Gum Disease :: Gum disease linked to pancreatic cancer

Gum disease, tooth loss or periodontal disease, inflammation of the gums caused by bacterial infection that leads to tooth loss, was shown to be associated with increased risk of pancreatic cancer in two studies. In one study, all subjects were smokers, and in the other, no adjustment was made for smoking, a known risk factor for pancreatic cancer.

Researchers found that men who had periodontal disease had a 63 percent higher risk of developing pancreatic cancer than men with healthy teeth and gums. Men who lost teeth within the past four years were especially likely to develop pancreatic cancer, reported in the Journal of the National Cancer Institute.

This is a questionnaire-based prospective study of pancreatic cancer incidence and history of periodontal disease among male health professionals that includes adjustment for smoking status. While the study does not definitively show that gum disease causes cancer, the researchers say the evidence is strong. They filtered out other factors known to be linked with pancreatic cancer, such as smoking and obesity.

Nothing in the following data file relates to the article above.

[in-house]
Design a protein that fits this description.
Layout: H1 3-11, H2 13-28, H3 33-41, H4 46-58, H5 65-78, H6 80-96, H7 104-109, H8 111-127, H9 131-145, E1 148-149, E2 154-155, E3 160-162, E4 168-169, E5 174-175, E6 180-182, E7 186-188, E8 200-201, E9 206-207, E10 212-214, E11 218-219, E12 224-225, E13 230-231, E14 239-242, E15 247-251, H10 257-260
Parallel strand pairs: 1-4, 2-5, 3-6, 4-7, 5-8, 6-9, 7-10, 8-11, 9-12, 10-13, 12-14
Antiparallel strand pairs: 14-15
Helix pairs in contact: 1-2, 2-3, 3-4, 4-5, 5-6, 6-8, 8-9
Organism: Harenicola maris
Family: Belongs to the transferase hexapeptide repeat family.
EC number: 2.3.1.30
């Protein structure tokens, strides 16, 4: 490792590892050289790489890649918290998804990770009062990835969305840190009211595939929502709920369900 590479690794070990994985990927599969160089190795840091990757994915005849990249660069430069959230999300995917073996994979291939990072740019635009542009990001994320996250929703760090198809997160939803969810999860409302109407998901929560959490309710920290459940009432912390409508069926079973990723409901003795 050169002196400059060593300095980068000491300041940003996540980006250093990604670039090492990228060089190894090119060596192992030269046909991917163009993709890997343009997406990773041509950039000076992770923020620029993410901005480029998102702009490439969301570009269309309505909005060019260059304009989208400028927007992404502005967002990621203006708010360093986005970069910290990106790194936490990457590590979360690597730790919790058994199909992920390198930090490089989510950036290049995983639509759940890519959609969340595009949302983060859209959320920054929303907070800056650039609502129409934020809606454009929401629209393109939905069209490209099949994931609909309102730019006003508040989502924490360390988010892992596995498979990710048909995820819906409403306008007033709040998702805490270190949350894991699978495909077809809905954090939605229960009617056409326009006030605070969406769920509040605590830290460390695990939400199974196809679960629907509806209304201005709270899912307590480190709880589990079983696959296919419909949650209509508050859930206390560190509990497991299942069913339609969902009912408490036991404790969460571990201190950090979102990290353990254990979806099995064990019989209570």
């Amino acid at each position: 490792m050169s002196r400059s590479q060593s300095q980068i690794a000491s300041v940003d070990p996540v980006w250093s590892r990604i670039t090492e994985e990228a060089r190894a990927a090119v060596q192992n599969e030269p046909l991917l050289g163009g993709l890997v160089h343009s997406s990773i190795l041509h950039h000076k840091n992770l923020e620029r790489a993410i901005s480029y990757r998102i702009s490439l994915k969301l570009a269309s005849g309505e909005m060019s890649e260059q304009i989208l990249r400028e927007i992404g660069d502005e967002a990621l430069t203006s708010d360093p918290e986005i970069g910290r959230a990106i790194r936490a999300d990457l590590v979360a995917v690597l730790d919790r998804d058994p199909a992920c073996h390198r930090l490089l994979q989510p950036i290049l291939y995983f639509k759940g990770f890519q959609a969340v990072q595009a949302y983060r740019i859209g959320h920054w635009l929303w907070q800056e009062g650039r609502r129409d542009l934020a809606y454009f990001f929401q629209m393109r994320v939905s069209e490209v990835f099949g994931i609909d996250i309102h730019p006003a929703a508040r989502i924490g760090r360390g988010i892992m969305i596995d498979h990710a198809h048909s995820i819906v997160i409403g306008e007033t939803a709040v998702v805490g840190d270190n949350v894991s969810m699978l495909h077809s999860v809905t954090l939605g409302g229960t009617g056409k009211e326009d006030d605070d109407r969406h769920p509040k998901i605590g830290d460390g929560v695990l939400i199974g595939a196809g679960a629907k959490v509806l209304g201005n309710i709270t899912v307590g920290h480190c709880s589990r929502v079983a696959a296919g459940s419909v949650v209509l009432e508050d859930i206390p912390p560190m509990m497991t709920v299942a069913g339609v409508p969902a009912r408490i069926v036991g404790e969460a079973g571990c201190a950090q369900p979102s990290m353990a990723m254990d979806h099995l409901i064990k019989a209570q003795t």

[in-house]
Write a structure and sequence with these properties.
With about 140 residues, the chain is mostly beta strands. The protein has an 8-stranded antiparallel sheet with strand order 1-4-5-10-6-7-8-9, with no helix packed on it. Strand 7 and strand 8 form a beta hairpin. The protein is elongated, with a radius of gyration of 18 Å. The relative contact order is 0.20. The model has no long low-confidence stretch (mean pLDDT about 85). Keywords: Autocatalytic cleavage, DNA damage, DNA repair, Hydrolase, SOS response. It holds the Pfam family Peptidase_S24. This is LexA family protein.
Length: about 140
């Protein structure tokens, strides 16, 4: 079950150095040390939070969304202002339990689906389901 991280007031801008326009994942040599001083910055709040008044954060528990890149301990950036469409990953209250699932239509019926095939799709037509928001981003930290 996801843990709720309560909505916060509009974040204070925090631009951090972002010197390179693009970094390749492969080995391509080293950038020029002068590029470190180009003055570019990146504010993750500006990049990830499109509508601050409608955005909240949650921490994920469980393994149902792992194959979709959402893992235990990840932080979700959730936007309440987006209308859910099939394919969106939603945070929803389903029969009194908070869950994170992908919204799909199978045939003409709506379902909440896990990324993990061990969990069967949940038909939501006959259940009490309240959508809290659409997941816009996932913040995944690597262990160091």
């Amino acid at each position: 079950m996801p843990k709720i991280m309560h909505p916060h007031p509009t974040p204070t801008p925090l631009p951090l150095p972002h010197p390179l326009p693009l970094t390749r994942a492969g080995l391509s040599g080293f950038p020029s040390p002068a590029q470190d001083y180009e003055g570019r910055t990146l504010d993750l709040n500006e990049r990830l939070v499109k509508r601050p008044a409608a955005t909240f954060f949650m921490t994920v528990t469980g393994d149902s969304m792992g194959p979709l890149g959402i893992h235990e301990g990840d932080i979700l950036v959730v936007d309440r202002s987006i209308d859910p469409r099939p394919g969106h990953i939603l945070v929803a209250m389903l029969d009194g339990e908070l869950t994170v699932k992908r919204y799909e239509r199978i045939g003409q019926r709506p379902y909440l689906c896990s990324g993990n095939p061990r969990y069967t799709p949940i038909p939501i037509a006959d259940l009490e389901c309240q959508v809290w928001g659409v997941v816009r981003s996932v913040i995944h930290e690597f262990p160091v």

History of periodontal disease was independently associated with an increased risk of pancreatic cancer overall and in never smokers; recent tooth loss was associated with additional increased risk. The association may be due to systemic inflammation and/or increased levels of carcinogenic compounds generated by bacteria in the oral cavity of individuals with periodontal disease.

Pancreatic cancer is the fourth-leading cause of cancer deaths in the United States. It will kill 95 percent of the 32,000 people who get it this year, according to the American Cancer Society.

“Individuals with periodontal disease and poor oral hygiene have elevated levels of oral bacteria and have much higher nitrosamine levels in their oral cavity,” the researchers wrote.

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